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The Wedding

So we had a pretty big June.

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Yep! We got ourselves hitched!

As followers of this blog may know, I’m not a huge fan of the wedding industry. I’m also not a massive fan of the history of marriage or the modern institution, capitalist romance and the performance of said-romance (see also previous blog entries).  So, it might seem a strange thing for a gal like me to be getting married.

And, honestly, it was a strange thing. I know a lot of people view me as hopelessly romantic and whilst that is certainly an aspect of my personality that I may have accidentally cultivated with my interest in Jane Austen, BBC bonnet dramas and flowery clothing; but I assure you the other part of me is a hardened, crusty and angry cynic. I can only describe it as the effects of having been a young and hopeless romantic who came into late and unwelcome contact with the real world. I never really thought I’d get married. When I was in a relationship I couldn’t see a good reason to get married – as a young 20-something it didn’t seem to make a difference to my life. When I was single… well, I just thought I’d never be with anyone ever again. And, that was also… fine.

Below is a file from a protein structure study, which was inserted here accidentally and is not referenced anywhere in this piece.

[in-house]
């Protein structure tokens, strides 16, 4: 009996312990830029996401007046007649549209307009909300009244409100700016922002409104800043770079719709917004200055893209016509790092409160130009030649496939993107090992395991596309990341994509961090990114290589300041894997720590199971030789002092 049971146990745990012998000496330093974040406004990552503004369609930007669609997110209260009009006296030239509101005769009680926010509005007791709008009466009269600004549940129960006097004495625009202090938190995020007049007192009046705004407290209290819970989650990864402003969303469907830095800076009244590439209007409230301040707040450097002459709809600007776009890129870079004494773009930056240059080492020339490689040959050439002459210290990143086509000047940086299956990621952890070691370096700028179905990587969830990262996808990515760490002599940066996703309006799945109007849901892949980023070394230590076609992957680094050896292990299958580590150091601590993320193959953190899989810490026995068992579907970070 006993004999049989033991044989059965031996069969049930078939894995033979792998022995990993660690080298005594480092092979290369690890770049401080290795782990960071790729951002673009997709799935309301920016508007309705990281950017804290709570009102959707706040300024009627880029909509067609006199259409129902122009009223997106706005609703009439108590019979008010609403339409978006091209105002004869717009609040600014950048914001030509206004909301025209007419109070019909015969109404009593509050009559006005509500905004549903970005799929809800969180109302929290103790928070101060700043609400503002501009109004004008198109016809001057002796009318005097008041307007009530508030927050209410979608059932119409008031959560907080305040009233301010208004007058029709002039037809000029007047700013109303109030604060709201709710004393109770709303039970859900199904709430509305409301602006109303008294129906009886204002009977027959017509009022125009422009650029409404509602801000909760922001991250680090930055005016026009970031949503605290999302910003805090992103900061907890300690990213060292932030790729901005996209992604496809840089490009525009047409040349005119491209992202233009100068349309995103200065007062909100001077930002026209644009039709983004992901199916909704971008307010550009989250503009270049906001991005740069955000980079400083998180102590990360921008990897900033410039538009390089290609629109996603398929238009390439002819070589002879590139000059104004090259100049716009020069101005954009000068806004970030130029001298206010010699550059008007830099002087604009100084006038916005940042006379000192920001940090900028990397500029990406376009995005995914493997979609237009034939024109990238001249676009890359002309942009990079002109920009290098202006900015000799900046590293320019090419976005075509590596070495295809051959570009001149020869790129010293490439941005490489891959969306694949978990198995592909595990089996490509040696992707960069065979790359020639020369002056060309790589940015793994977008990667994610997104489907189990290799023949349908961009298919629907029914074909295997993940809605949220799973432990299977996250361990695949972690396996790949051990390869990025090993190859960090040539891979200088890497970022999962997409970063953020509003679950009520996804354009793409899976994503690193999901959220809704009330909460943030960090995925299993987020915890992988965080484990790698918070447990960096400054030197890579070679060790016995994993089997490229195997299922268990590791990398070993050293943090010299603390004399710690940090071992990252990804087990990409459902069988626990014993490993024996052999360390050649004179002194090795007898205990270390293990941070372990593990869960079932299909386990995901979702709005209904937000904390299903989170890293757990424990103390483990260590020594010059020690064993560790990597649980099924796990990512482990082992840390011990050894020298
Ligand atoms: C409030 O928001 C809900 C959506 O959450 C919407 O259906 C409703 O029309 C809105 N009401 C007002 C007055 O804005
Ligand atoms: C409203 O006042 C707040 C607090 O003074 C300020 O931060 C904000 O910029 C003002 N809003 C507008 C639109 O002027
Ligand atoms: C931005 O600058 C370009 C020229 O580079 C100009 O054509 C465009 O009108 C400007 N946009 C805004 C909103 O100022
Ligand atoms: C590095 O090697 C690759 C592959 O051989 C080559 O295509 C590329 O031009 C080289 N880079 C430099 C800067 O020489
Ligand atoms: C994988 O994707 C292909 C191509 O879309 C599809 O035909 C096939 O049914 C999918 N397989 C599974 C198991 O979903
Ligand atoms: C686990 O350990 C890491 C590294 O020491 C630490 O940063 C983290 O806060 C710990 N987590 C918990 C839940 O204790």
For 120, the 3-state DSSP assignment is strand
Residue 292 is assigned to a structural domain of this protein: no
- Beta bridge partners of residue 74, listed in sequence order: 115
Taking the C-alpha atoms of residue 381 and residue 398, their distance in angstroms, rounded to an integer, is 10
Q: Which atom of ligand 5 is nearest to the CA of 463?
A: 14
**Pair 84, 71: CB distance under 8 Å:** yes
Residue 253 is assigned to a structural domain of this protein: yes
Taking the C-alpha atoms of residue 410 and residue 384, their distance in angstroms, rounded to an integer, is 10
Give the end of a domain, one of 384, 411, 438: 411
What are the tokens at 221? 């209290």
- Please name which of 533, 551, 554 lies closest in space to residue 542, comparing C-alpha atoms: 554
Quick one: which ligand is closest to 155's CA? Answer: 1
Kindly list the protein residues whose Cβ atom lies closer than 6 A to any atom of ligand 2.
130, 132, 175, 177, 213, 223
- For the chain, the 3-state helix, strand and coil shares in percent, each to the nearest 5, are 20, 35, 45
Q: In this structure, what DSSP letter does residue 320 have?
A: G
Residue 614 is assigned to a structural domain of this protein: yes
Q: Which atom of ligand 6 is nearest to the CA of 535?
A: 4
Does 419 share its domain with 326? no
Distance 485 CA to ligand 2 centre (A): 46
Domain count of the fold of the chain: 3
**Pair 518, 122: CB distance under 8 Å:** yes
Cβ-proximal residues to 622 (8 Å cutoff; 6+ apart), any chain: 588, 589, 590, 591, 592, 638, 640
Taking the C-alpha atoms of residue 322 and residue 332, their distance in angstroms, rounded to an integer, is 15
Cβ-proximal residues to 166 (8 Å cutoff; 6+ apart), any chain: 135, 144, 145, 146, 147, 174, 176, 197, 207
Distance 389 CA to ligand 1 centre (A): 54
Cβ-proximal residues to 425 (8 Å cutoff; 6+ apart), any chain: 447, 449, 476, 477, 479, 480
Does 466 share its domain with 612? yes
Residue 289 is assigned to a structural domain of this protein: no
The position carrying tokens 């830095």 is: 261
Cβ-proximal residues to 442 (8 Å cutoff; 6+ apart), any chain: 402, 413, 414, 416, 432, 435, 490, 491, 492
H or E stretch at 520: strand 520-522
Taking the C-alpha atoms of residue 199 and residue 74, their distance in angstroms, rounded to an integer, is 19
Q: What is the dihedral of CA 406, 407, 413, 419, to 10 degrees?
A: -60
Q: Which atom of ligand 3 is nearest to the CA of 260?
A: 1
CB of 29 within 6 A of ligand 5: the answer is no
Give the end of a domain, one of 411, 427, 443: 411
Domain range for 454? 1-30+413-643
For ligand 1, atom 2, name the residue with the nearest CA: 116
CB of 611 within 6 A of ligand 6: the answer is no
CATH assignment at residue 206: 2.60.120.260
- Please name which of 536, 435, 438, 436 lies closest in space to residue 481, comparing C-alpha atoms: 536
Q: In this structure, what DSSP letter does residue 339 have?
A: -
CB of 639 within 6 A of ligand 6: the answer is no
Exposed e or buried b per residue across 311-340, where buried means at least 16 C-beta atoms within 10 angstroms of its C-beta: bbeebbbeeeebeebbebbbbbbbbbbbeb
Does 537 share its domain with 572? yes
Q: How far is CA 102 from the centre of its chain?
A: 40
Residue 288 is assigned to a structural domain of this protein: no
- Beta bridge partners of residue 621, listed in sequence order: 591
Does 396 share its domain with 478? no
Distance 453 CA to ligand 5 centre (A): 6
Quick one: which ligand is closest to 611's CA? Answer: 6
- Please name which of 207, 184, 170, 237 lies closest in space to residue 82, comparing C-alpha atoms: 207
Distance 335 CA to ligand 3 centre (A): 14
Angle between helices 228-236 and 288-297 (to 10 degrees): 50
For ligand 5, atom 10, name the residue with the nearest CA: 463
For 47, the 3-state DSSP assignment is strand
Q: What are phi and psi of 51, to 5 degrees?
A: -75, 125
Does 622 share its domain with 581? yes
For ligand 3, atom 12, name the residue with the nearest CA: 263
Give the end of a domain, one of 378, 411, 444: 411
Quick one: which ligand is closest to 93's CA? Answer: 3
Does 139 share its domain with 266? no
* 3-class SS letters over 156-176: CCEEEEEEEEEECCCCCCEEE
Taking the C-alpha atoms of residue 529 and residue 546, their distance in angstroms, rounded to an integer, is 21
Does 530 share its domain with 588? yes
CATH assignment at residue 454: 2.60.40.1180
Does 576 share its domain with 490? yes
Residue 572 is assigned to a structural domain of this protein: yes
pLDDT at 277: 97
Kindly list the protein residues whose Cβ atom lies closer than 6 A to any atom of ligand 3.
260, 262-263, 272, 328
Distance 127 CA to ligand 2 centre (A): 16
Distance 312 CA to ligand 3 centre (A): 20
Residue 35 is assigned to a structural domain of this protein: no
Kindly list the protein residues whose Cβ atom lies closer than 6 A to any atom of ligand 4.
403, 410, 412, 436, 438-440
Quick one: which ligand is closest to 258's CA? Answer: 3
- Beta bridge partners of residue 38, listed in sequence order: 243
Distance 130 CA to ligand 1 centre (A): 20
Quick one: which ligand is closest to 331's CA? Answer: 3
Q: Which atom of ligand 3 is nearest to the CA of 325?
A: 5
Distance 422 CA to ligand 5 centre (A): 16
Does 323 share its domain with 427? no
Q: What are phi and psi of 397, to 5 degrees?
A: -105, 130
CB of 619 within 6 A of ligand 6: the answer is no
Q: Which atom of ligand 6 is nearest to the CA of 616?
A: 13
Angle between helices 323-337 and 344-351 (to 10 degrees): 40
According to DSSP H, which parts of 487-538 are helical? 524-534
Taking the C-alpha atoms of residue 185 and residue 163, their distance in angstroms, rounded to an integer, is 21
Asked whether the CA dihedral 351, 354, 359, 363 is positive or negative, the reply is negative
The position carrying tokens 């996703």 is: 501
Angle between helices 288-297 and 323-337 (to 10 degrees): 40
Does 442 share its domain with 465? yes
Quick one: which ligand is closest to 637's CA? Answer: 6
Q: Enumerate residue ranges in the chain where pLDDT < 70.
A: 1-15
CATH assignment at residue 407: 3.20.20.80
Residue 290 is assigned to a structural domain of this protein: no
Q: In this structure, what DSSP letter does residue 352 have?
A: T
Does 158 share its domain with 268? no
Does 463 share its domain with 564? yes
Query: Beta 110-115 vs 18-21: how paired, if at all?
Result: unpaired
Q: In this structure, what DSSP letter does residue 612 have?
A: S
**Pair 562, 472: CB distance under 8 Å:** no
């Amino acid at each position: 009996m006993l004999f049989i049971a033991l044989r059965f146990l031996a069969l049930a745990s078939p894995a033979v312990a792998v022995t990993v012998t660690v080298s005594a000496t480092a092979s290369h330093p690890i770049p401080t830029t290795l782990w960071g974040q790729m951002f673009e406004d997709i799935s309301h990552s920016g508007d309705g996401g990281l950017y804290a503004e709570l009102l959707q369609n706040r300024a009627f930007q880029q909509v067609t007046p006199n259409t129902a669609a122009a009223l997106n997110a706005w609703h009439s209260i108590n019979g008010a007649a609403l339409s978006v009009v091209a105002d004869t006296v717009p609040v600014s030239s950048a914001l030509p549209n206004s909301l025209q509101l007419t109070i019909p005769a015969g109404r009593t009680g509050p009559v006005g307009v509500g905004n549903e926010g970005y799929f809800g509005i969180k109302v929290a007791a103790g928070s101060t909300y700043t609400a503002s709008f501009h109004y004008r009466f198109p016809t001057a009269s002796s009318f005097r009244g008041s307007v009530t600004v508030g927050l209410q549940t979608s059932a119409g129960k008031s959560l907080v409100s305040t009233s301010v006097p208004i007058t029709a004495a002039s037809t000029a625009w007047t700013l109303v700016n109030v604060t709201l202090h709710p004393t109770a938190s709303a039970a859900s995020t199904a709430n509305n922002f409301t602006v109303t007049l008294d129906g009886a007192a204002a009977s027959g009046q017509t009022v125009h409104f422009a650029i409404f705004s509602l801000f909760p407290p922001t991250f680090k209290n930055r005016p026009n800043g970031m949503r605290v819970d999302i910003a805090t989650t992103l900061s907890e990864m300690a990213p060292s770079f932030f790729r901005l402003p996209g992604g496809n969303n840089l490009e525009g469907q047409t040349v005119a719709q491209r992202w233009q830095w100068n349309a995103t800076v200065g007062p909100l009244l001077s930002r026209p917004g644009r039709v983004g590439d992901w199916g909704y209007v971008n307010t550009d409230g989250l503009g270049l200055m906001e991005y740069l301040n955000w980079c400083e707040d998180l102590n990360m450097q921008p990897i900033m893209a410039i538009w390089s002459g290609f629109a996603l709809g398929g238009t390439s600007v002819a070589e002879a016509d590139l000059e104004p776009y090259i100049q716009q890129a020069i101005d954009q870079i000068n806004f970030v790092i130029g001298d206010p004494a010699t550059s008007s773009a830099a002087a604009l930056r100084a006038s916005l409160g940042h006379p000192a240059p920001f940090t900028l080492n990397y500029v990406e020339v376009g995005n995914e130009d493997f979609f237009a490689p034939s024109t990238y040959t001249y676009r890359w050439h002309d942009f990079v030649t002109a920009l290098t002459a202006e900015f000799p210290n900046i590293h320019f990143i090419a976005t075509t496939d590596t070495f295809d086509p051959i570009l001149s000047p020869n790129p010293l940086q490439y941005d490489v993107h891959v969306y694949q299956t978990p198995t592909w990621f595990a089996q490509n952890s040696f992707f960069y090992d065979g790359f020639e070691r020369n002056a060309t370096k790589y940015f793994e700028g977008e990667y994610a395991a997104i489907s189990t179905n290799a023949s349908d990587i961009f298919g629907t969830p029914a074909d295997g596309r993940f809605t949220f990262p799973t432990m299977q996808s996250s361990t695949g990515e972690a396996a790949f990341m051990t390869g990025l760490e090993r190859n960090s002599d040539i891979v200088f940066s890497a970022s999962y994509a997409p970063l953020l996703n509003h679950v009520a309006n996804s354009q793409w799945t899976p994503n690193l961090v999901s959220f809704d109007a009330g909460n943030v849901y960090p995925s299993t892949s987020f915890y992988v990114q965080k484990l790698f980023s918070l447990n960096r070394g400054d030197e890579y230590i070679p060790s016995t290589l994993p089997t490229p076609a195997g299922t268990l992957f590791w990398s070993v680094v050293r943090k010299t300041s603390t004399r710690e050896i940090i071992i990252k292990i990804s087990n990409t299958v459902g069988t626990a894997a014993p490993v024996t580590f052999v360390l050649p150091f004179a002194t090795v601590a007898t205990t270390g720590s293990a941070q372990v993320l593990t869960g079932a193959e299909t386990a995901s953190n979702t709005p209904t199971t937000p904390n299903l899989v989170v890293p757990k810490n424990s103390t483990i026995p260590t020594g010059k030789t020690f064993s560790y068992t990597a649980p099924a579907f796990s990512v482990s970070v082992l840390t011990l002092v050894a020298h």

But, that all kind of changed when I met Alex. I don’t mean (*orchestra playing*) I finally met the love of my life and I suddenly saw the point of marriage. I mean, that because we are citizens of different countries, getting married seemed to make a lot of sense. At some point in our relationship we had each, individually and personally, decided that we wanted, and expected, to be with each other long-term. But that’s not so easy when you don’t have rights in the other’s country. So, getting married was an official way of saying to each of our countries: ‘we come as a package.’ Of course, that explanation doesn’t get rid of all the icky baggage that marriage is carrying around with it, nor does it acknowledge the fact that for many people, an official marriage is still not possible. But for better or worse (ha!) getting married did become very important for us.

Now, I can’t pretend I was impervious to all the traditional wedding stuff. Sure, I wore a red dress and not white, but do you know how much stress I put myself (and many others) through to get that absolutely perfect, one-of-a-kind dress? Sure we only had a civil ceremony in a town hall, but if, for language and visa reasons, you decide to get married in a faux-gothic, early twentieth century Danish town hall that happens to be holding said civil ceremonies in the goddamn clock tower on the day of your wedding, you will still have 6 year old girls looking at the photos and squealing, ‘Jenny! It’s your palace! You’re a princess!’